Starting a design company for myself

Hi all,

I’m an industrial designer / package designer that is looking to start my own freelance business. I’m wondering if anybody can offer advise for starting up in regards to:
sole proprietorship vs. C Corp vs. LLC - I realize LLC is a good option to limit risk but is it necessary for starting up a small freelance company?

I plan on just perusing small stuff for now and want a good way to write off expenses and just run a business where I do all the work myself. Hopefully it will get bigger in the future but it’s mostly just a way to handle my freelance projects.

Anybody have any advise?

I started as a sole proprietor. But that was when I was running out of the home office and all equipment was mine.

I did switch to LLC when I started renting an office and signed a lease. As you stated, an LLC protects you from financial risk. I can’t imagine a case where if things got so bad with a client they would sue me for money they already gave me. If they don’t like the work, they withhold payment, I do the suing.

The risk comes when you owe someone else. A loan for equipment. 36 months of rent payments.

Right - the liablity is the issue. Ultimately as a sole proprietor you have assumed all risk. I was once comically sued for $10 or 15k for not giving a client back prototypes after he refused to pay me for work that was completed. In the end it was all BS but had sh*t really hit the fan then it would have gotten ugly.

The LLC can come with some additional costs depending on your state, so you just need to assess the other issues and decide if it’s the best choice. If you are planning on going full time as a consultant/freelancer then I would say yes, bite the bullet now and set it up. It can also make life easier since some clients may not want to make out the check to your personal name.

Sole proprietor can do a dba (doing business as). Sign the check over to you and Bob’s your uncle.

Are you in the States, and if yes what State?

when i started my own company i was given a piece of advice - know what you know and what you dont know hire a professional.

Legal - areas
Accounting Areas - careful hiring “contractors” to help you…

As i do not want to type it all out let (feeling lazy) me know if you want to have a phone conversation i would be happy to discuss my experiences success as well as lessons learned.

Every time I’ve heard anyone talk about this, the default answer is “LLC! No liability, no brainer!”

I have to wonder though, are there times remaining as a SP would be advantageous over taking on extra costs of operating as an LLC?

No, never. The cost of starting an LLC (at least in my state) is less than $100. As a sole proprietor, you are personally liable for any business debts, lawsuits, etc. The day you lose your house in a judgement you’ll be wishing you had gone ahead and spent the hundred bucks and 30 minutes it takes to setup an LLC.

Ahh. Makes sense. My neck of the woods though, I have been told (by an acquaintance who did so for his wife) to budget $2500-3000 to get an LLC registered and up and running…I set up a dummy SP to just go through the motions earlier this year and it was about $90, in comparison. Harder pill to swallow (I also rent :-p), but I definitely see the advantages.

Wish it were that easy in Illinois. iirc, initial filing was around $800 (no lawyer fees included, just the state fees) and every year you had to file an annual report that cost an addition $250-ish.

Doing the filing, annual report and then the K-1 for taxes takes time. By no means is it “easy” if you do it nor is it “cheap” if you have a lawyer do it.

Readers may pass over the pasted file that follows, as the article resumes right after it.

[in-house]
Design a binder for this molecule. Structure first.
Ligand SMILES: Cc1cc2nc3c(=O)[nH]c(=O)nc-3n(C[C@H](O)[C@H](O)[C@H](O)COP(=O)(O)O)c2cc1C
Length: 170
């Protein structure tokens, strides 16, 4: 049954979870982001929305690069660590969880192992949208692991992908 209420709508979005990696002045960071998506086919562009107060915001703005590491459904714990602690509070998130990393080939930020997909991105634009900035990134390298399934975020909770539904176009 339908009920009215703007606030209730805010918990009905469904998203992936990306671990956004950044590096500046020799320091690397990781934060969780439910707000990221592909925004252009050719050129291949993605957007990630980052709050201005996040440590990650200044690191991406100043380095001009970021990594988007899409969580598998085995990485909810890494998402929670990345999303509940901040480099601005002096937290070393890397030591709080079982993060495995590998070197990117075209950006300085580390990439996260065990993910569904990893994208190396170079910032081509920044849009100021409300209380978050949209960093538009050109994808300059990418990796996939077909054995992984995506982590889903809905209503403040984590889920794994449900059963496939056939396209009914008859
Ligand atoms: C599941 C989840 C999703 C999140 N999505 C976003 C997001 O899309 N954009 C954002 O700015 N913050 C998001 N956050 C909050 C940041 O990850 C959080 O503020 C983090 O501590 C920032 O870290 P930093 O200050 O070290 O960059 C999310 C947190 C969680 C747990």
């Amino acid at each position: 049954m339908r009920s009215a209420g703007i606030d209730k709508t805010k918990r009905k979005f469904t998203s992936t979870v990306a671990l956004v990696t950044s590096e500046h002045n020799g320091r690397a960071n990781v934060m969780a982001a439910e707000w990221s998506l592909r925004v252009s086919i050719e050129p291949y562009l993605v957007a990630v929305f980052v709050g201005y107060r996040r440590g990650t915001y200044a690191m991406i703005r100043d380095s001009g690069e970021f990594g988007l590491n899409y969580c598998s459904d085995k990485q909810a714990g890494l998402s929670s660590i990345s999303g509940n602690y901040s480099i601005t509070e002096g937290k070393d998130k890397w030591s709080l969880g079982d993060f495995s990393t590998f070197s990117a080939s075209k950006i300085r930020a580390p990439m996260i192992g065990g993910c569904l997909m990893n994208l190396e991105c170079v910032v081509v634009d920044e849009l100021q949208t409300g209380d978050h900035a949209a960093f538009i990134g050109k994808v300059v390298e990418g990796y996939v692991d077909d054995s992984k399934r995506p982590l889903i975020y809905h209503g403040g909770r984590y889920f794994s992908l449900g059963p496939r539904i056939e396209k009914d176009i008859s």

You need to balance the actual risk you face and the time and money involved between an sp and an llc. To blindly say you have to go llc is not the right answer.

Fees to set up the LLC initially both legal and state license fees should also be able to be part of your tax write offs come tax time.

Congrats on your adventure, it’ll be fun, and stressful, and rewarding!

Like others have written, an LLC is a good bet but you have other options as well. We incorporated Generator as an S Corp for a few particular reasons - the structure is that of a large Corporation without the large accounting bills and upkeep, the payroll tax structure is excellent (see excerpt below for an example), the liability shelter is excellent (see second excerpt below) and the ability to easily move from Corporation assets to personal assets (or vice versa) worked for us since we’re a family business.

More than anything, I recommend consulting with a business accountant.

Secondly, we’re in need of a packaging engineer for a small project, the two I use are otherwise busy - shoot me an email if you have room on your plate!!

…S corporations, or Subchapter S corporations, produce several tax benefits as compared to sole proprietorships, partnerships, and C corporations. The big benefit–and the one that people usually talk about–is the payroll tax savings. To understand how this works, let’s compare two alternatives: A sole proprietor making $90,000 a year and an S corporation making $90,000 a year. Of course, the taxes that a sole proprietor pays depend on his or her filing status, itemized deductions and family size, but typically such a person might pay about $12,000 in federal income taxes. The person might also pay another chunk in state income taxes. In addition to these income taxes, the proprietor also pays a 15.3% self-employment tax on the $90,000 of business profits. Roughly, this self-employment tax (which is equivalent to Social Security and Medicare tax) equals $13,000. Things usually work differently when a business has made the Subchapter S election, however. To make calculations easy, assume it is owned by a single shareholder. The corporation must break the $90,000 of profit into two buckets: wages and the leftover (which is called a distributive share). If the wages equal $40,000 and the leftover distributive share equals $50,000, the business pays Social Security and Medicare taxes (equivalent to self-employment tax) equal to roughly $6,000. In this case, even though the two businesses make the exact same amount of money, the sole proprietor pays roughly $7,000 more in tax each year. In addition to the big benefit of self-employment tax reduction, S corporations also provide two other useful benefits–benefits which are a little more difficult to quantify but still important nonetheless. One such benefit is that an S corporation can use losses (such as those that often occur in the early startup years) as tax deductions on the shareholders personal income tax returns. Additionally, the S corporation is not taxed on its profits–at least by the federal government…